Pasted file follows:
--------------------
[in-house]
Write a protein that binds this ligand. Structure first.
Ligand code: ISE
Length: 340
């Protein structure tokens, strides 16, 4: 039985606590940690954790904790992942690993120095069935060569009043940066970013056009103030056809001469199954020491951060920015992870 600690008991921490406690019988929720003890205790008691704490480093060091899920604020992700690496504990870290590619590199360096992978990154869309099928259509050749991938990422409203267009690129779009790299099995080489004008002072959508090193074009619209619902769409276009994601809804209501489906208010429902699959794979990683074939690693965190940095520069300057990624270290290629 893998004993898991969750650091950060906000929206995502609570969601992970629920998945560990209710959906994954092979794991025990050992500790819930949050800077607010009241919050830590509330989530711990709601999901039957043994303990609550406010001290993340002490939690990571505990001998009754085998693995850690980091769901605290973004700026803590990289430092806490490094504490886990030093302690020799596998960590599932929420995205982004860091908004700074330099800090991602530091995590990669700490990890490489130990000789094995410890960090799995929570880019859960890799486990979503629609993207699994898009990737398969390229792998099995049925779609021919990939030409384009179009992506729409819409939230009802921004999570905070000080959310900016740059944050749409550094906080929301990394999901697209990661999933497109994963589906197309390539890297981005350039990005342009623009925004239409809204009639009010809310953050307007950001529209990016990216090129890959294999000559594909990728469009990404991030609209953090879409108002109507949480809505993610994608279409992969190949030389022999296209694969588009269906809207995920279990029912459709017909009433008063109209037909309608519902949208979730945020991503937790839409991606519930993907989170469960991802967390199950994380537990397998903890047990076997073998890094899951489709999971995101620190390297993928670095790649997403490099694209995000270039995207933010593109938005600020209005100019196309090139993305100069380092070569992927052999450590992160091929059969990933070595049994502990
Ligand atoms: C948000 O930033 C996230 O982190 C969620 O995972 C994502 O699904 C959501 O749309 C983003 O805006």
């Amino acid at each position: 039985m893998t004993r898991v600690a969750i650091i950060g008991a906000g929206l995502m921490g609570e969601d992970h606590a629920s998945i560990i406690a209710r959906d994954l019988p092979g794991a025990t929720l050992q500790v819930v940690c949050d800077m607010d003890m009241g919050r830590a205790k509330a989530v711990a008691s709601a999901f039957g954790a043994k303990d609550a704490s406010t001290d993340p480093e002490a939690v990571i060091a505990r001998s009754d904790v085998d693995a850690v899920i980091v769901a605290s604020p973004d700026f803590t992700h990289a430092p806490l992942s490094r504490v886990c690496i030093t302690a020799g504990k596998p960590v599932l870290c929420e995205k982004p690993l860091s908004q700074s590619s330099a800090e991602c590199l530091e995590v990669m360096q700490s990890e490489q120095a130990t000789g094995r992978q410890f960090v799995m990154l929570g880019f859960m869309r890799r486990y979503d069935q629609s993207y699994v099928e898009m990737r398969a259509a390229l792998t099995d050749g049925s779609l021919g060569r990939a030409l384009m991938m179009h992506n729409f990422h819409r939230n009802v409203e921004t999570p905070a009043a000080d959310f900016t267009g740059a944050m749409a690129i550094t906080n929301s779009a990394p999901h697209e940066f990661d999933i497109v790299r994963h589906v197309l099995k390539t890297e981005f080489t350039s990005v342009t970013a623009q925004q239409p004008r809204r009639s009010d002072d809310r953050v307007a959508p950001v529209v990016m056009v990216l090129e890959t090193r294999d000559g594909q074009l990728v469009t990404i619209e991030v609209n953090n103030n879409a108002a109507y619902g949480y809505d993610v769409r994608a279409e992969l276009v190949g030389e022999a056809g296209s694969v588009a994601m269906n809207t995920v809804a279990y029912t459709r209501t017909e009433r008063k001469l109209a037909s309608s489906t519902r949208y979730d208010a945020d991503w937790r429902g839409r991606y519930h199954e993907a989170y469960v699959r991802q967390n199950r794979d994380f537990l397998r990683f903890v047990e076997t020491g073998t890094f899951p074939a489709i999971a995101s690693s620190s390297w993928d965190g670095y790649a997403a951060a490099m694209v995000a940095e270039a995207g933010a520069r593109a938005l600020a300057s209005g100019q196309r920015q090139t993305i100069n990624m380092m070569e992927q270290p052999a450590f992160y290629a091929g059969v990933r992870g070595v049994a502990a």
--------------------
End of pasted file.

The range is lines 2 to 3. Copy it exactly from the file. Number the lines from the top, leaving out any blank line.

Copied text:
Write a protein that binds this ligand. Structure first.
Ligand code: ISE